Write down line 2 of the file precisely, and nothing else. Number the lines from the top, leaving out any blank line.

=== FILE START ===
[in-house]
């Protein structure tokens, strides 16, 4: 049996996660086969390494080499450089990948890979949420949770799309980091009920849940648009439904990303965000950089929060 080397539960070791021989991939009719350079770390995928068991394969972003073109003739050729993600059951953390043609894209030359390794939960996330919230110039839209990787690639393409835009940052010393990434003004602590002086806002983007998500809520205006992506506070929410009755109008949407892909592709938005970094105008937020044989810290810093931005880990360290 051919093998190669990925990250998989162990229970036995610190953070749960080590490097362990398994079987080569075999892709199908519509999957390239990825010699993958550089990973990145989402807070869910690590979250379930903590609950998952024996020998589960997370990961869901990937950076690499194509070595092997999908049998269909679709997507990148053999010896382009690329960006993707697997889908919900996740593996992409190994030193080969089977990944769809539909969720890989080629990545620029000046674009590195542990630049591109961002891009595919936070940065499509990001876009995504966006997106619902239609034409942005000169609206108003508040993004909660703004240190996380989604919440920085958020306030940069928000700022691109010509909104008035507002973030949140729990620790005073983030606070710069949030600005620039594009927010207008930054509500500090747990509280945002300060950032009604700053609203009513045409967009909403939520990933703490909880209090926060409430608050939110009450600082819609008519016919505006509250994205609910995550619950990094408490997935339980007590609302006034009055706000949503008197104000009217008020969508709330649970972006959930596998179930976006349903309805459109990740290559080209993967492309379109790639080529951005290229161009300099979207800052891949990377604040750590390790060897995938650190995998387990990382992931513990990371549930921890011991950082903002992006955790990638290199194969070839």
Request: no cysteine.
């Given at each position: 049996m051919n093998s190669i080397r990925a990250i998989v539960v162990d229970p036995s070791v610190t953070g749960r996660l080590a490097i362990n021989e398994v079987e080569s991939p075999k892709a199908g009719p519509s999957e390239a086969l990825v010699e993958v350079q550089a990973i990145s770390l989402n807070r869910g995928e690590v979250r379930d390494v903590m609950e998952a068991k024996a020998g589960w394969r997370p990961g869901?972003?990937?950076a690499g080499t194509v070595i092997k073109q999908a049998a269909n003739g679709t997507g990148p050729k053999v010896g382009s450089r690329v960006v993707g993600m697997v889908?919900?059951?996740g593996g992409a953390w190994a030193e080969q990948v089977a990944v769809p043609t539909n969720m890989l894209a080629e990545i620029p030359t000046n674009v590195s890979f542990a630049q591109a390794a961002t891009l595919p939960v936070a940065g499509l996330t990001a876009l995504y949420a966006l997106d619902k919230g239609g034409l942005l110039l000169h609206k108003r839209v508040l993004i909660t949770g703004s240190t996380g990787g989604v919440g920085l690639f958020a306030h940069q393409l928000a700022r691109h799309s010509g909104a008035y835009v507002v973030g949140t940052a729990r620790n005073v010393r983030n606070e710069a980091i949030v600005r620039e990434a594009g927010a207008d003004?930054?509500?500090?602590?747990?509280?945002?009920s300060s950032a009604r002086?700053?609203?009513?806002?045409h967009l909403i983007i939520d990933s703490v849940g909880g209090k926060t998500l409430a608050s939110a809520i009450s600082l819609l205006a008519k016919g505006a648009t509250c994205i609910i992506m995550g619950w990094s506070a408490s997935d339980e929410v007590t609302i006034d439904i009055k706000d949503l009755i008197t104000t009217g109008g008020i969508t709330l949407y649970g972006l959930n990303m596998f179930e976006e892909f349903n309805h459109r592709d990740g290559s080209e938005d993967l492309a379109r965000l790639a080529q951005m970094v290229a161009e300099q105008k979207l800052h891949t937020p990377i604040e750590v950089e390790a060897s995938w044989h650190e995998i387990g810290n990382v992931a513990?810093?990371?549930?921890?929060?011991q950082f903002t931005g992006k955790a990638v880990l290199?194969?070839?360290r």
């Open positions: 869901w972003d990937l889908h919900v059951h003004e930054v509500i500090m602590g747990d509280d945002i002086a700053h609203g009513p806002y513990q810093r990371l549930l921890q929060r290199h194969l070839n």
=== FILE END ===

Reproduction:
């Protein structure tokens, strides 16, 4: 049996996660086969390494080499450089990948890979949420949770799309980091009920849940648009439904990303965000950089929060 080397539960070791021989991939009719350079770390995928068991394969972003073109003739050729993600059951953390043609894209030359390794939960996330919230110039839209990787690639393409835009940052010393990434003004602590002086806002983007998500809520205006992506506070929410009755109008949407892909592709938005970094105008937020044989810290810093931005880990360290 051919093998190669990925990250998989162990229970036995610190953070749960080590490097362990398994079987080569075999892709199908519509999957390239990825010699993958550089990973990145989402807070869910690590979250379930903590609950998952024996020998589960997370990961869901990937950076690499194509070595092997999908049998269909679709997507990148053999010896382009690329960006993707697997889908919900996740593996992409190994030193080969089977990944769809539909969720890989080629990545620029000046674009590195542990630049591109961002891009595919936070940065499509990001876009995504966006997106619902239609034409942005000169609206108003508040993004909660703004240190996380989604919440920085958020306030940069928000700022691109010509909104008035507002973030949140729990620790005073983030606070710069949030600005620039594009927010207008930054509500500090747990509280945002300060950032009604700053609203009513045409967009909403939520990933703490909880209090926060409430608050939110009450600082819609008519016919505006509250994205609910995550619950990094408490997935339980007590609302006034009055706000949503008197104000009217008020969508709330649970972006959930596998179930976006349903309805459109990740290559080209993967492309379109790639080529951005290229161009300099979207800052891949990377604040750590390790060897995938650190995998387990990382992931513990990371549930921890011991950082903002992006955790990638290199194969070839």